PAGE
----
by Paula Penebaker and Josephine McNeal
This is the time of year for grand family gatherings. Thanksgiving is just around the corner and when the aromas of the big turkey dinner have faded, mothers and families will begin preparations for the grand Christmas celebration.
Black moms account for many roles: sometimes therapists, motivators of males in the household, natural textured hair stylists, teachers, and more. When it comes to the holidays, they also become professional chefs, family gatherers and entertainers.
No one, especially moms and grand-moms, the great matriarchs of Black families far and wide, wants the gaiety of the holiday season to be overshadowed by COVID-19. We’ve learned so much over the last year and fortunately, more Black people have had vaccine(s). And while it would be even greater if more had gotten them, now is not the time for nagging.
People have grown weary of hearing about the virus: the incessant warnings, the issue of whether to wear/not wear masks, when to isolate, and even the hospitalizations and deaths have taken their toll. The good news this season is some young people may come home for Thanksgiving and Christmas breaks ready to be protectors instead of spreaders.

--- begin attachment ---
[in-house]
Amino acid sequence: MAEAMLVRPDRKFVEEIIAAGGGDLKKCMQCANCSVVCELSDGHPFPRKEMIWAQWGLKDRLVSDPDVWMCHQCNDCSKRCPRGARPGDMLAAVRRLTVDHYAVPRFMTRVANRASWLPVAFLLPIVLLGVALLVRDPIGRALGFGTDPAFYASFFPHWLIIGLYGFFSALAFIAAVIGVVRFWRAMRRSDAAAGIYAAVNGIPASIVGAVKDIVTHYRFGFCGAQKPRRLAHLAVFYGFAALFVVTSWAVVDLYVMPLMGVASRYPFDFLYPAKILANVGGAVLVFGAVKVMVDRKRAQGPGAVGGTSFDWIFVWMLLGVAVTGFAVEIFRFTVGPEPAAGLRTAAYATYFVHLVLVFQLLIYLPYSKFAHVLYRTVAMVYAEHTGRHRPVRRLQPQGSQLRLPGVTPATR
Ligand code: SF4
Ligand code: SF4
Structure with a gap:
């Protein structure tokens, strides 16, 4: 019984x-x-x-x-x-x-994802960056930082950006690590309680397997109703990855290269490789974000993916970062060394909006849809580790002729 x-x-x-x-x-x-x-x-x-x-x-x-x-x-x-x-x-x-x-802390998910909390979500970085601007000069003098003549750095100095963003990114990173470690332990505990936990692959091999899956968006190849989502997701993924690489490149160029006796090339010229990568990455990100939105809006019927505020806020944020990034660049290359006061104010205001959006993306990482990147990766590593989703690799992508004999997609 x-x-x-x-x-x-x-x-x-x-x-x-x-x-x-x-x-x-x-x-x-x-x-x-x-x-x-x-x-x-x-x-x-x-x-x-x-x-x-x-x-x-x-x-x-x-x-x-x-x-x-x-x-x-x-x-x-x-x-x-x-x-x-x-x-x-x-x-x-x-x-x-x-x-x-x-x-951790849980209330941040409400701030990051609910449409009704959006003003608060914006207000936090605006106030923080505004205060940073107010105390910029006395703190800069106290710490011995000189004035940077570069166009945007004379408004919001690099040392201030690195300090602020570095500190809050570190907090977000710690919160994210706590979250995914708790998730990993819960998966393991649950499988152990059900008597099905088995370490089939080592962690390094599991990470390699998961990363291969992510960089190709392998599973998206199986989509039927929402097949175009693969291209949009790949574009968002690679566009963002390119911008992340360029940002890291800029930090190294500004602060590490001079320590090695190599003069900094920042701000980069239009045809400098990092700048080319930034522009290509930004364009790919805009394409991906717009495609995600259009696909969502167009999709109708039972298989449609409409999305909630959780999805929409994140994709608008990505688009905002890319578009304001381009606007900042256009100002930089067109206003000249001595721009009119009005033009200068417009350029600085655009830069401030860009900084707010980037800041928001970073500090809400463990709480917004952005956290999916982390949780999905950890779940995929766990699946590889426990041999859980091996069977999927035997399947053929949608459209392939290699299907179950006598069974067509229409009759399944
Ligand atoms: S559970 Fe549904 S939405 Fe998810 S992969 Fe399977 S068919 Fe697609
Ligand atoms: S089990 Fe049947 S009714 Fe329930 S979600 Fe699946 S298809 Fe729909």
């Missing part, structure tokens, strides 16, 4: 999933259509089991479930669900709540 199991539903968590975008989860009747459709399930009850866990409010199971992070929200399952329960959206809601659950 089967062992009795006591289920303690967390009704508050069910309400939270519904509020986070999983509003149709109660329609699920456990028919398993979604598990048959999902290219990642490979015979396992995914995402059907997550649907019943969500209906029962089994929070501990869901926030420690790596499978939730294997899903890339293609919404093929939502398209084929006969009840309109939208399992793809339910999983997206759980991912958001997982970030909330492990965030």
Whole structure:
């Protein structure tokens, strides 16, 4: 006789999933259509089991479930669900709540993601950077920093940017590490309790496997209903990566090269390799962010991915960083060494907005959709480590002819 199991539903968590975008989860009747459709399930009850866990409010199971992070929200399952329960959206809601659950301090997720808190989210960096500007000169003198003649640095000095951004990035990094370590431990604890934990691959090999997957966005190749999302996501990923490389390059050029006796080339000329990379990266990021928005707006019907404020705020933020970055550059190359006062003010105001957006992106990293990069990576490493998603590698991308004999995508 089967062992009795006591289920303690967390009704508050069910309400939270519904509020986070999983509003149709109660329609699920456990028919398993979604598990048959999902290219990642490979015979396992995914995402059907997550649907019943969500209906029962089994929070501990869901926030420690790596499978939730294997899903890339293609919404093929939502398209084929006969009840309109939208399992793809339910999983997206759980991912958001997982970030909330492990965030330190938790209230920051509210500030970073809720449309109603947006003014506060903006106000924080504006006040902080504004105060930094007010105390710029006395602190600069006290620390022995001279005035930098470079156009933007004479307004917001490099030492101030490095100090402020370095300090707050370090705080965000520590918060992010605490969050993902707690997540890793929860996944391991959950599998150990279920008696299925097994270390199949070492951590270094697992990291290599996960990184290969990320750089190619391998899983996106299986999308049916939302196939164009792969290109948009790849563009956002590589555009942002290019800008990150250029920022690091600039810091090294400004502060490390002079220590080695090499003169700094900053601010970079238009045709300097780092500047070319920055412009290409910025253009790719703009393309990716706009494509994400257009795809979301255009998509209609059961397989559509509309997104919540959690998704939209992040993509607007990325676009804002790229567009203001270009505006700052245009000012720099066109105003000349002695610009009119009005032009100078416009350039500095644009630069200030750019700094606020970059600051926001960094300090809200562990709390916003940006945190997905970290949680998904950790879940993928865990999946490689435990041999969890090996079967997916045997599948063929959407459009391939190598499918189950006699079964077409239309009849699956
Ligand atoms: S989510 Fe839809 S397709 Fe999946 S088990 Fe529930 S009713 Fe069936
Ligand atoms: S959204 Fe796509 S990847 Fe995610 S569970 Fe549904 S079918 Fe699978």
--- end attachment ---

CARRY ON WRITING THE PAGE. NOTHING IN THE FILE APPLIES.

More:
Historically Black Colleges and Universities (HBCUs) have joined forces with the We Can Do This Campaign’s Stay Well Community Health Fairs on campuses like Grambling State and Texas Southern. An event is planned Dec. 3 at the SWAC Championship located at Jackson State University. As a result of the events, many young people will leave for home to enjoy the holidays having had at least one vaccination. They will be protectors of their moms, grandmas, aunties and all the other Black women that hold half the sky. Dads and granddads will appreciate the protection too.
Every person in the country age six months or older (in every community, in every corner of America) is eligible to get vaccinated.
If you think you’d like to be vaccinated before the holidays and enter the New Year having protected yourself and your loved ones from serious illness, visit <vaccines.gov>.